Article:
Gender equality: A long way to go before India meets its SDG 2030 goals

Image credit: By DFID – UK Department for International Development – Community health worker gives a vaccination in Odisha state, IndiaUploaded by January, CC BY-SA 2.0, https://commons.wikimedia.org/w/index.php?curid=24363618

According to the SDG India Index Baseline 2018 report, released by think tank NITI Aayog in association with the United Nations, India has scored 58 – reaching beyond the halfway mark when it comes to meeting the Sustainable Development Goals 2030 (SDG 2030) adopted in 2015.

The index has taken into consideration 13 of the 17 SDGs and has assigned them scores ranging between 0 and 100 (achiever).  While no state has reached the achiever category, three – Himachal Pradesh, Kerala and Tamil Nadu are frontrunners with scores of 69, 69 and 66, while Assam, Bihar and UP are the laggards.

However, one area where the country still has a long way to go in meeting its targets for SDG 2030, is gender equality. The targets set as per Goal 5 (gender equality) of SDG 2030 include ending all forms of discrimination by 2030, eliminating all forms of violence including trafficking and sexual harassment, ensuring full and effective participation and equal opportunities for leadership at all levels of decision making, empowering women through enabling technology, ensuring that women get equal rights to economic resources as well as access to ownership and control over land and other forms of property, inheritance and natural resources, ensuring universal access to sexual and reproductive rights and health, among others.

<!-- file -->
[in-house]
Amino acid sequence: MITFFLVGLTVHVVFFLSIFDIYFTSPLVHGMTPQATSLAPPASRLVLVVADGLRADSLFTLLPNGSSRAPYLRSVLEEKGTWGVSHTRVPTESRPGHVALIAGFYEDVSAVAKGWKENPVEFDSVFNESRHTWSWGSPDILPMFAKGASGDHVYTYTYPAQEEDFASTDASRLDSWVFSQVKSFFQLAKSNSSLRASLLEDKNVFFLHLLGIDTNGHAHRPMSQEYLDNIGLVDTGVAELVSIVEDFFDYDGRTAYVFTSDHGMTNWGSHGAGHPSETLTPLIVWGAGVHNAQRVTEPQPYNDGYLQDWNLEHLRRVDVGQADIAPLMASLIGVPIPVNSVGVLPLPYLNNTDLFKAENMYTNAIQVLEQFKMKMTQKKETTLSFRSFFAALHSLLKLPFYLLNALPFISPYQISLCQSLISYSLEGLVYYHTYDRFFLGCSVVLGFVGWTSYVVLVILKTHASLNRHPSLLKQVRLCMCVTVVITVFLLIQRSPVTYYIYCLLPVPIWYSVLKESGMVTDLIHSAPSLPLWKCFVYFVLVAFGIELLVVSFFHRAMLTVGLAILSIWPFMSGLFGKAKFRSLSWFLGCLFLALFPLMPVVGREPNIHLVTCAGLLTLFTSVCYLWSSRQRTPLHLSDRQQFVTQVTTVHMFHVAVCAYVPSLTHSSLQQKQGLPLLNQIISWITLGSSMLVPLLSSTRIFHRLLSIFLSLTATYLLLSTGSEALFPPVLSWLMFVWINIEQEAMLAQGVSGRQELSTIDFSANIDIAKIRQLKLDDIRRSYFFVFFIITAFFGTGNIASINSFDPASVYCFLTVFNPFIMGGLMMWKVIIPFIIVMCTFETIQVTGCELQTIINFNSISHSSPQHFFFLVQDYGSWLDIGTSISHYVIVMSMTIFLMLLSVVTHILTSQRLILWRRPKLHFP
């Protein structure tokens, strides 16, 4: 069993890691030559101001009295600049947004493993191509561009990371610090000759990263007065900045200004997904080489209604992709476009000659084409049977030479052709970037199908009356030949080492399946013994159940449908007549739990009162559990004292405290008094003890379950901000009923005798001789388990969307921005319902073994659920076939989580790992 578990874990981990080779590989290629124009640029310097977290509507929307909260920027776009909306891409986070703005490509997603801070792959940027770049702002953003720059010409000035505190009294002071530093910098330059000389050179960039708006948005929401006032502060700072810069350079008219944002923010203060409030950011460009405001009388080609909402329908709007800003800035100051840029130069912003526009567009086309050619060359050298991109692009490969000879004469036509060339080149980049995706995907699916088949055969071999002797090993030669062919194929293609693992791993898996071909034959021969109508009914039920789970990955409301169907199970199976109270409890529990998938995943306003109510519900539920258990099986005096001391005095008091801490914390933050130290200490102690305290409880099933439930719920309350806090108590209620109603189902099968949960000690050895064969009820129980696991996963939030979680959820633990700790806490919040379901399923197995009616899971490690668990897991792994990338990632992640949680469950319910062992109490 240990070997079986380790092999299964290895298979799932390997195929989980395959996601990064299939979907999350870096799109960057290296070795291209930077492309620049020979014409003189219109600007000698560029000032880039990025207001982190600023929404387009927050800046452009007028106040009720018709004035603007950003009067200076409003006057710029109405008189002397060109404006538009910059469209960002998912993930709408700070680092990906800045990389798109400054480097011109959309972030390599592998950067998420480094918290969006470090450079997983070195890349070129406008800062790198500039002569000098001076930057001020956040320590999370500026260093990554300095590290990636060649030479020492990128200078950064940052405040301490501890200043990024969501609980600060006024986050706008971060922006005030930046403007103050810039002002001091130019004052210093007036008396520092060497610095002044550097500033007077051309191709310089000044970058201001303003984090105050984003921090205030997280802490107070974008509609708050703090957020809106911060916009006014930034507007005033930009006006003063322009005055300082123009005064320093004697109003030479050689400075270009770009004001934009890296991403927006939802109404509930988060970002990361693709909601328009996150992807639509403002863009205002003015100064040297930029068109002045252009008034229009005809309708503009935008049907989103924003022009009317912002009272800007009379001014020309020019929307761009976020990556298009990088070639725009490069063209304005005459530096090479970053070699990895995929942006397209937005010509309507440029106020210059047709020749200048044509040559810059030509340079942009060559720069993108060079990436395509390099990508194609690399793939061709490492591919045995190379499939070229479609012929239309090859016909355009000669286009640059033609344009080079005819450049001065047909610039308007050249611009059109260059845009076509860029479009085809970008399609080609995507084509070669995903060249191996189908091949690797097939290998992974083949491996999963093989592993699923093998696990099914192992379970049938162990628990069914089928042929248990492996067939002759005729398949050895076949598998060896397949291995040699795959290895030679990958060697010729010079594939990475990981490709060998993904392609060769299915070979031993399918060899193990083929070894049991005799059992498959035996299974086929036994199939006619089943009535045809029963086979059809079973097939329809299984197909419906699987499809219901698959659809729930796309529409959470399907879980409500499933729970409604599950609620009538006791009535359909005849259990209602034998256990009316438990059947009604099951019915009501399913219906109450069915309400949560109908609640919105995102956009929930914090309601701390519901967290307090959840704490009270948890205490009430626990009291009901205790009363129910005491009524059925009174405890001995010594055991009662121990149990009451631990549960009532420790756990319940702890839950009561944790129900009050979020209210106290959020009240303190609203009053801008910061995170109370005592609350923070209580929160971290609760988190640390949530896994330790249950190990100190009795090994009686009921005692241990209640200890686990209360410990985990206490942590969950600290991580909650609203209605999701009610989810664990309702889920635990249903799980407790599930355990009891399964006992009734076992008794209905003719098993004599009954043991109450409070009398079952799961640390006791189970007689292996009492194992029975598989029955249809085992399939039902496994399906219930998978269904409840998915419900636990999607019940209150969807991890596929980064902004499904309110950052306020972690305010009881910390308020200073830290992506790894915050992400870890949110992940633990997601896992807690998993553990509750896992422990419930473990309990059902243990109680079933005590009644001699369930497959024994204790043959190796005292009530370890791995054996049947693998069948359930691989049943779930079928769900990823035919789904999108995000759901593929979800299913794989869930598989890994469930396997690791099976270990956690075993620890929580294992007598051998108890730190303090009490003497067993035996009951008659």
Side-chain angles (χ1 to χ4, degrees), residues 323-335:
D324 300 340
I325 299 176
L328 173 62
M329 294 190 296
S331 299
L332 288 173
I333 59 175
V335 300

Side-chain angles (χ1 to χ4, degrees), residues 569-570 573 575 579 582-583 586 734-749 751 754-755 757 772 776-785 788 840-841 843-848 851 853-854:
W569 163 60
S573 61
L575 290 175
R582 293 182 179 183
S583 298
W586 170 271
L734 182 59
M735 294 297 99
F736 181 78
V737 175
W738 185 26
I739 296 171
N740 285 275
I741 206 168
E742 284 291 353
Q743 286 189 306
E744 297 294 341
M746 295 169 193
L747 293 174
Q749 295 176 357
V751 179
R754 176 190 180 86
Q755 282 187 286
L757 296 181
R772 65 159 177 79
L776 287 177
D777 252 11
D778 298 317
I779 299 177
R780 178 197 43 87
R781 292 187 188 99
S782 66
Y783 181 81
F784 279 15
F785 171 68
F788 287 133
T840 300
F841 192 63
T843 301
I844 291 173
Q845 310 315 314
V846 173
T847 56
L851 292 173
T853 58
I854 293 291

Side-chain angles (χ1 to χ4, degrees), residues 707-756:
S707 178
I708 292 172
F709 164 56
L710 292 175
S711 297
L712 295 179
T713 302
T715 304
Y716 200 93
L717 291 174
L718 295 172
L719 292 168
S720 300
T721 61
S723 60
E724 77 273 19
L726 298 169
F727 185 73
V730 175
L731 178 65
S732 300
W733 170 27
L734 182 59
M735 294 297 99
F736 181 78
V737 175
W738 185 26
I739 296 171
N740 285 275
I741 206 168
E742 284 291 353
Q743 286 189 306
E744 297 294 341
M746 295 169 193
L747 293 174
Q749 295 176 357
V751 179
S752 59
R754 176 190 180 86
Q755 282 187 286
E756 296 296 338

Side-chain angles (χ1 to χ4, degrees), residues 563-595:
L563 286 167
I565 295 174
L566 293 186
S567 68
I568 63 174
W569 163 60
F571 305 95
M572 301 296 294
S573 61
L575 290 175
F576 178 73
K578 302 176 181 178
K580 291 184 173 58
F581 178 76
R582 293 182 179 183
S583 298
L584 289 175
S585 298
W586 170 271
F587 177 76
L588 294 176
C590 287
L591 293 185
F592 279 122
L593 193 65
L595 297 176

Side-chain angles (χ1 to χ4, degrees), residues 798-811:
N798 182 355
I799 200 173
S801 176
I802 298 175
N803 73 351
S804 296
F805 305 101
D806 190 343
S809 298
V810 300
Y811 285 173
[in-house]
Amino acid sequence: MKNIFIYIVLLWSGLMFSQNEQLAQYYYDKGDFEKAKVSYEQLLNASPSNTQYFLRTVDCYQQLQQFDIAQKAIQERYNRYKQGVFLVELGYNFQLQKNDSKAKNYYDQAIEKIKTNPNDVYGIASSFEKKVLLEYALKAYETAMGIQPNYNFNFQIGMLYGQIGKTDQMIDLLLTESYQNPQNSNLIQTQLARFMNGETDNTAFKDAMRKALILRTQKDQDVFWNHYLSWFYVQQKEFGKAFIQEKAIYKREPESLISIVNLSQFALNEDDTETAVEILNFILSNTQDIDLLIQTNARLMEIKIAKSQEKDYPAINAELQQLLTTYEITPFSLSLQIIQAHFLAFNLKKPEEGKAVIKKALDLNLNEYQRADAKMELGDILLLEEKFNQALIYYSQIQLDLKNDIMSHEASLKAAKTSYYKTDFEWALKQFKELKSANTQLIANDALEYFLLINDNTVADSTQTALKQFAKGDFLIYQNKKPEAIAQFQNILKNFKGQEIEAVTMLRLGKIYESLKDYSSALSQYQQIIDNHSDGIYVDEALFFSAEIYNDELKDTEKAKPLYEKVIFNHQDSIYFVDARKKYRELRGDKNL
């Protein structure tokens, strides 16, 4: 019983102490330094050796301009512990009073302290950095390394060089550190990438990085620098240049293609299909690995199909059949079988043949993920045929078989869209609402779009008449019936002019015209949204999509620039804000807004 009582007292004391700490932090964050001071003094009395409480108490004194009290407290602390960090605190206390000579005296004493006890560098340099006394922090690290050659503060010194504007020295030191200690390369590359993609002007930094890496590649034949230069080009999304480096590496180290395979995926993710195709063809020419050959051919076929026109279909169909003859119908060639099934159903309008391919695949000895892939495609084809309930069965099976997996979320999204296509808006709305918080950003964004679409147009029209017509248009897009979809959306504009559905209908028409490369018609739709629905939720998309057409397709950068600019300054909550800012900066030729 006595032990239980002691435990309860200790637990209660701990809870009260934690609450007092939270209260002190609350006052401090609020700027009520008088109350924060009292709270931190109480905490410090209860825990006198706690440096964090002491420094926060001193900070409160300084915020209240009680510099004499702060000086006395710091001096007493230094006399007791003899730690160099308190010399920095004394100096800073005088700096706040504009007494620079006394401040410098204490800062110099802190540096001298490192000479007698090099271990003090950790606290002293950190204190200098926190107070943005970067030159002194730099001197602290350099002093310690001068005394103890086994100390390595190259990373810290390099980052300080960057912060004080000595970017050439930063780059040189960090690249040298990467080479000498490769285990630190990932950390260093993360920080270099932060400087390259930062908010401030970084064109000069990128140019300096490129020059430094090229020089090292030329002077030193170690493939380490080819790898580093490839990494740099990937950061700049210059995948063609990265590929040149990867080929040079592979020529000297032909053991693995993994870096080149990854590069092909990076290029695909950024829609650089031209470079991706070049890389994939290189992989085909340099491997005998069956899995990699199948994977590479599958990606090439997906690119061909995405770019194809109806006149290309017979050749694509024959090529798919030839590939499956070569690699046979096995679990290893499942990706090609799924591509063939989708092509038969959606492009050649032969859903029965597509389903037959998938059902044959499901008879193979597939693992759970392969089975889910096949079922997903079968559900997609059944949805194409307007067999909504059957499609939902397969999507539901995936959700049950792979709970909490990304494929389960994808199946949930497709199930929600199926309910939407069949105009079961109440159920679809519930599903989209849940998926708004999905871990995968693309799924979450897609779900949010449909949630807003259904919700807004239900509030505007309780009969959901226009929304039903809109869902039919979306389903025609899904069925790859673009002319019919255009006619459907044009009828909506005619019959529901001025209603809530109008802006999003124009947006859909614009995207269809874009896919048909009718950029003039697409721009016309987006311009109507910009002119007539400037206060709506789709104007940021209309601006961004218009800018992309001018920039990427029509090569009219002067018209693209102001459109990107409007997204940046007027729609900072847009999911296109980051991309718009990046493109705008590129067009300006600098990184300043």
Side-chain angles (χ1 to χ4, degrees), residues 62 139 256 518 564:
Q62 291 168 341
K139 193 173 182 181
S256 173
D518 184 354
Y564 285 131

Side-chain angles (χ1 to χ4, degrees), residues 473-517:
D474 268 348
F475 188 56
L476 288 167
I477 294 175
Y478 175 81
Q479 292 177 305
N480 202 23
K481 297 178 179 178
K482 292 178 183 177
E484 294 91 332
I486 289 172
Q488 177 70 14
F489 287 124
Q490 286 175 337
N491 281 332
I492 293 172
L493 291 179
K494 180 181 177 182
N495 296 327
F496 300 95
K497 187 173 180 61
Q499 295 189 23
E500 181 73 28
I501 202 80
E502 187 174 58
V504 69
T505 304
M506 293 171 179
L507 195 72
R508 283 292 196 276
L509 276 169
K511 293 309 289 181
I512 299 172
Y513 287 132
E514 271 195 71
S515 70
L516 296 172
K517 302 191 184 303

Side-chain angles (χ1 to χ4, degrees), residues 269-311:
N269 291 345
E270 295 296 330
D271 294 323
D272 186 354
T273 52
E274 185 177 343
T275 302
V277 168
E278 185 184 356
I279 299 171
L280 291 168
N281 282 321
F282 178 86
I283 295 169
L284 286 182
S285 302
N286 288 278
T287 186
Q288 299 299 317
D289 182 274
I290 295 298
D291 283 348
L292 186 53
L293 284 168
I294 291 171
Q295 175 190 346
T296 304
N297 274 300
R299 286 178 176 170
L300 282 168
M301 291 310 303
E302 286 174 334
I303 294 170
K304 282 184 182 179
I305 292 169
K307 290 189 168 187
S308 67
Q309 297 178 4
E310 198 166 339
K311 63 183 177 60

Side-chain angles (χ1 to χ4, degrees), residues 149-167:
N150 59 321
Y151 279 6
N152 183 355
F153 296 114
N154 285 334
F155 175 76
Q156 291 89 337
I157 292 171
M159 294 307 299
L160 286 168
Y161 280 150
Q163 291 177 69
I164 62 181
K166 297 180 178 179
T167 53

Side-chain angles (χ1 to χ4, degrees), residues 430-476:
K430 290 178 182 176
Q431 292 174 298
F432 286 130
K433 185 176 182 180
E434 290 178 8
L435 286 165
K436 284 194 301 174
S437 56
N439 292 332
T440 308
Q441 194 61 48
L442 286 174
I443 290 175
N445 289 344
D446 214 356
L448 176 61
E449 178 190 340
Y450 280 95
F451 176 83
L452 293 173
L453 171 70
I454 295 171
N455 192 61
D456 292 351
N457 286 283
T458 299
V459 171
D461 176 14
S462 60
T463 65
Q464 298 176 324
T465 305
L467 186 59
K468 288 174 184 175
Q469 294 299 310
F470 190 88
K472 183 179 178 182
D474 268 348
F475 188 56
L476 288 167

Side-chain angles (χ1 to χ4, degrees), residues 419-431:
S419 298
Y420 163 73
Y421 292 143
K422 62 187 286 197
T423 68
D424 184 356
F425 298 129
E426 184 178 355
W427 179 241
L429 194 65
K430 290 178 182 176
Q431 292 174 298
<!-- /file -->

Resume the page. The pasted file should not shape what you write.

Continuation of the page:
NITI Aayog has also considered six criteria that it has selected for the SDG India index – sex ratio at birth, percentage of ever-married women aged 15-49 years who have experienced spousal violence, average female to male ratio of average wages, percentage of seats won by women in the general elections to state legislative assembly and ratio of female labour force participation to male labour force participation rate.

Missing the marks

As per the SDG scores for gender equality, the country misses the mark across almost all parameters and women and girls lag behind men when it comes to areas such as healthcare, education, nutrition, empowerment, decision making at home and in the public space and employment. In a score of up to a 100, the SDG index for states ranges between 24 and 50 for states and 27 and 58 for Union Territories. Only two states meet the halfway mark in the scores with Kerala and Sikkim just meeting it at 50. Among the UTs, Andaman and Nicobar Islands and Chandigarh are in the frontrunner category with scores of 58 and 51, respectively.

The child sex ratio (0-6) has declined from 927 females to 1000 males in 2001 to 919 females to 1000 males in 2011. The target is to achieve a natural sex ratio at birth of 954 females for 1000 males, and only two states – Kerala and Chhattisgarh have achieved this with ratios of 963 and 959, respectively.

The country has much work to do in terms of bringing parity in education, with the literacy rate for women being 65 per cent compared to 82 per cent for males in 2001.